Some programs, especially those in urban communities, have adopted an unofficial fifth point:

Public Safety means reducing crime and the perception of crime to create a safe, welcoming environment for residents and visitors alike.

The Eight Guiding Principles

Communities implementing the Main Street Four-Point Approach base their efforts on eight core principles that guide the entire revitalization effort. The most successful Main Street programs emphasize the following:

  1. Comprehensive approach: One project alone cannot revitalize a neighborhood or community. A broad, ongoing series of related initiatives is vital for building community support and creating lasting progress.
  2. Incremental progress: Small projects make a big difference. Especially in the early stages of a program, small but visible successes give program leaders and staff the confidence and skills to tackle bigger, more complex projects. They also show the rest of the community that the program is making steady progress.
  3. Self-help: Minnesota Main Street provides local programs with direction and technical assistance, but the key to long-term success lies in local leadership. The ability to self-help strengthens the organization, fosters community involvement and demonstrates commitment to the revitalization effort.
  4. Public/Private Partnership: Every local Main Street program needs the support and expertise of both the public and private sectors. For an effective partnership, each must recognize the strengths and weaknesses of the other.
  5. Use of Existing Assets: Unique offerings and local assets are at the foundation of any successful Main Street initiative. Successful Main Street programs identify the strengths and unique points of their community and find creative ways to capitalize on them.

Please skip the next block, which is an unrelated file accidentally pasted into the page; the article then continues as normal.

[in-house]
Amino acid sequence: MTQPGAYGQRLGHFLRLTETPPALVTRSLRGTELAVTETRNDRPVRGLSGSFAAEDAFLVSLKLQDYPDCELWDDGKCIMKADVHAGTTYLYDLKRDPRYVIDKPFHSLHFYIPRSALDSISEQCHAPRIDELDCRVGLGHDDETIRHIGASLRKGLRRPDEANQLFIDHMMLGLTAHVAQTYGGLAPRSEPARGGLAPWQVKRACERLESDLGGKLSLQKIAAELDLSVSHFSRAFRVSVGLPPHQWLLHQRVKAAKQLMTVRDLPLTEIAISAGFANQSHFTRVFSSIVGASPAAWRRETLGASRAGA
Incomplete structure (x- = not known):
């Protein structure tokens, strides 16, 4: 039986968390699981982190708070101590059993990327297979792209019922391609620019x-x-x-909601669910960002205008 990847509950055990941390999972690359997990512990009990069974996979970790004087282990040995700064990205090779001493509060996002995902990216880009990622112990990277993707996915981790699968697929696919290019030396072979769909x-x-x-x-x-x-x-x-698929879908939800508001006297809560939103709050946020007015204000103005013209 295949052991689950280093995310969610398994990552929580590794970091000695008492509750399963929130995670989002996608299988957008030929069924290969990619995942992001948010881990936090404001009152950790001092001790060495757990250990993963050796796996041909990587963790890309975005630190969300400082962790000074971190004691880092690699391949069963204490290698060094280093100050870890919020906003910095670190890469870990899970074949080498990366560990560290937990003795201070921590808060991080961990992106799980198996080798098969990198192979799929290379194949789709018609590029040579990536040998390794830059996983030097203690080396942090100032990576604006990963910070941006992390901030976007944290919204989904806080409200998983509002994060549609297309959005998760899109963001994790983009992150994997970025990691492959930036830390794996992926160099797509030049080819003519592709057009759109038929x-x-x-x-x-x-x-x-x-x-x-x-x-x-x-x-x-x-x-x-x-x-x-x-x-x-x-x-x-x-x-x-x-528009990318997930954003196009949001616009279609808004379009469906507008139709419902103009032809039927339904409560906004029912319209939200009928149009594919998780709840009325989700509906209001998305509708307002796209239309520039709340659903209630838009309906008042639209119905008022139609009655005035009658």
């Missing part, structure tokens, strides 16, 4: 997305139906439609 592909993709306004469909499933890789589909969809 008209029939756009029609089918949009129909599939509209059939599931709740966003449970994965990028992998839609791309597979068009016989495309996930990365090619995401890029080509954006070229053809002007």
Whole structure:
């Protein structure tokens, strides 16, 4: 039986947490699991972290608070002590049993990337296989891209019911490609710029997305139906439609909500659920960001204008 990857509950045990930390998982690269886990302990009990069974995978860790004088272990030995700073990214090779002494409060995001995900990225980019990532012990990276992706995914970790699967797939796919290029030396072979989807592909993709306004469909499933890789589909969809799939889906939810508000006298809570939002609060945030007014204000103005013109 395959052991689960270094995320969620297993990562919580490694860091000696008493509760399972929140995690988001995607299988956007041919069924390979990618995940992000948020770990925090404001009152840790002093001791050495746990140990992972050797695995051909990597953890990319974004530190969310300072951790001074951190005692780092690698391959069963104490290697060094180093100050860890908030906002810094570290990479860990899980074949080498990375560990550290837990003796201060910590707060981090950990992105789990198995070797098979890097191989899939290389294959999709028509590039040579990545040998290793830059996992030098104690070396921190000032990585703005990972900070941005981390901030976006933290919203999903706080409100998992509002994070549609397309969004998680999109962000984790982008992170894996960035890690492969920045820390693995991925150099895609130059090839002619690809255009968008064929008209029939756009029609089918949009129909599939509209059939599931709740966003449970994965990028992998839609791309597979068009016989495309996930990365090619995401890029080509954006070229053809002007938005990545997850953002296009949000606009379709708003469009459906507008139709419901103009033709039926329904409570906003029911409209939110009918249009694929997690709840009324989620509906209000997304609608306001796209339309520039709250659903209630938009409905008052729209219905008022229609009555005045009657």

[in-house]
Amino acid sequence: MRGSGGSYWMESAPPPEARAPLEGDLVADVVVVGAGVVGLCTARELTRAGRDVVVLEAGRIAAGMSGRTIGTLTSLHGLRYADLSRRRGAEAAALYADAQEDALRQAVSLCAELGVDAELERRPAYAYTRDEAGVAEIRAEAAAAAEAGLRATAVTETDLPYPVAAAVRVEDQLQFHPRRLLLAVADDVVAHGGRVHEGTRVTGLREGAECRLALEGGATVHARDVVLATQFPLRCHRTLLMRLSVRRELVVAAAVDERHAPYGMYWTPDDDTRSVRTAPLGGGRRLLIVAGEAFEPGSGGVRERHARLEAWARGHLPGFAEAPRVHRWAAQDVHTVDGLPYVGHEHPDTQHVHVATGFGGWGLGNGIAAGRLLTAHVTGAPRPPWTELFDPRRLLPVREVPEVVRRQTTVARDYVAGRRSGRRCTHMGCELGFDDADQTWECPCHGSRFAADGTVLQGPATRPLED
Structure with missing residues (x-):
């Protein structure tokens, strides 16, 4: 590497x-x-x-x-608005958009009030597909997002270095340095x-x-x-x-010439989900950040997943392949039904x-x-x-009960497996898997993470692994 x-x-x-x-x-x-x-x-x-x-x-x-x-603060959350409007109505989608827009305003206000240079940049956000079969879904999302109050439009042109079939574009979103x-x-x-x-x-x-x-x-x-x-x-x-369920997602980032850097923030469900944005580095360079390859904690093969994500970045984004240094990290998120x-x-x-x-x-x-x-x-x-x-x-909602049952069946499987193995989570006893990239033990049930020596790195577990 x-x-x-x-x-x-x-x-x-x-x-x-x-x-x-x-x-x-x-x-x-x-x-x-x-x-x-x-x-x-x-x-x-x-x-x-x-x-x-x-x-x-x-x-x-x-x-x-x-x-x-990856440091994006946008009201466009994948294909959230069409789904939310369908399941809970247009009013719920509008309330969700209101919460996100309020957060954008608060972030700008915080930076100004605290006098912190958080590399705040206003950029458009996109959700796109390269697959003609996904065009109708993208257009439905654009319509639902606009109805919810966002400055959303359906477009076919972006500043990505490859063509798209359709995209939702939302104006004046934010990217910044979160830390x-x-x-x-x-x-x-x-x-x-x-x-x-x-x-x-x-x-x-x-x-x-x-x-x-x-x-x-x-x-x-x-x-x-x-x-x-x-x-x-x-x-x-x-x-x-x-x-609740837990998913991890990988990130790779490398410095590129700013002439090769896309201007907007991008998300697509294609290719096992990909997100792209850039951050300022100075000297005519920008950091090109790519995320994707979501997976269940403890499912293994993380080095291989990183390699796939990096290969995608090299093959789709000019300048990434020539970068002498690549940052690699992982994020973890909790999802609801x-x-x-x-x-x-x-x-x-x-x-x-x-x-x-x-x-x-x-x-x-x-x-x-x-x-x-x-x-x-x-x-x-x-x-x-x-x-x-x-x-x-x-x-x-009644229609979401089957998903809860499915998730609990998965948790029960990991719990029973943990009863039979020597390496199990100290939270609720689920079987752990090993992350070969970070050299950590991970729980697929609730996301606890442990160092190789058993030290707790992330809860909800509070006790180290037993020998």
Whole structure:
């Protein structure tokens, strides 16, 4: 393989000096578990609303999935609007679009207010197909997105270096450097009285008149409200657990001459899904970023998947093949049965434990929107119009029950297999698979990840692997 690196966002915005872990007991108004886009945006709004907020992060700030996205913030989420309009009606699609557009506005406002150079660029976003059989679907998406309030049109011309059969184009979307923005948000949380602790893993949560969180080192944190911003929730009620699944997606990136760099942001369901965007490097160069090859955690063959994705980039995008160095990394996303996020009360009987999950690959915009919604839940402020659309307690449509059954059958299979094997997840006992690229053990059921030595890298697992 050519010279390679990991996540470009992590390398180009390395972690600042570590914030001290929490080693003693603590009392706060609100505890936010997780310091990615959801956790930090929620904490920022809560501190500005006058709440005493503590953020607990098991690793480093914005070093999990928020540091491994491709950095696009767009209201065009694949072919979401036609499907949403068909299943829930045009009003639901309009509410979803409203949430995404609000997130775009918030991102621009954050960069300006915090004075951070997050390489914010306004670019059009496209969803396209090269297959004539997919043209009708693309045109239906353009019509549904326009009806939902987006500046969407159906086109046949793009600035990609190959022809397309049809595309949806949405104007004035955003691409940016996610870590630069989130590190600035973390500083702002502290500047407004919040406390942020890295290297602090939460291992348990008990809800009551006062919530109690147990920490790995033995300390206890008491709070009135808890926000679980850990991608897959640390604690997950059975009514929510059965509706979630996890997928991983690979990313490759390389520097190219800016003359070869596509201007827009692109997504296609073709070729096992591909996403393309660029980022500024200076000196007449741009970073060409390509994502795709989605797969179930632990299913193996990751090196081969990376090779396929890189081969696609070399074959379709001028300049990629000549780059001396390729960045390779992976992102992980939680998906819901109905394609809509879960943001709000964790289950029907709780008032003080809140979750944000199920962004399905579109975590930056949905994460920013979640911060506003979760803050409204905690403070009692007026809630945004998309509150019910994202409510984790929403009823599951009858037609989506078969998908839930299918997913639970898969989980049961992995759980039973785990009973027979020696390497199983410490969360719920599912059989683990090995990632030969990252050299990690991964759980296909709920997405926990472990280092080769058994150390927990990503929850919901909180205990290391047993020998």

6. Quality: From storefront design to promotional campaigns to special events, a good main Street program must always aim for quality results and take pride in its accomplishments. Even the most well-meaning of projects can be undermined by poor execution.
  7. Change: To transform and revitalize a Main Street district, changing community attitudes and habits is essential—a program without the full support of its community is not going to go anywhere fast. A carefully-planned Main Street program helps shift public perceptions and practices to support and sustain the revitalization process.
  8. Implementation: A successful Main Street program doesn’t spend all its time twiddling its thumbs and talking in circles. A good, action-oriented program identifies its priorities, knows its abilities but also understands its limits, and has a strong plan to accomplish its goals. The program takes pride in getting things done, even if they seem like small victories at first.

Accreditation Criteria

The NTMSC accreditation process evaluates and provides national recognition to established Main Street district revitalization programs based on ten basic performance criteria. The following points should act as a roadmap for your program and provide targets for better, more effective performance:

  1. Widespread support: The program enjoys broad-based community support for the Main Street district revitalization process including strong support from both the public and private sectors.
  2. Vision and mission statements: The program provides vision and mission statements that address current local conditions and the Main Street program’s organization goals.
  3. Comprehensive work plan: The program follows a comprehensive work plan that outlines measurable program objectives, specific activities for each of the four core Main Street principles, timelines, budgets and personnel responsibilities. The work plan is formally reviewed and updated annually.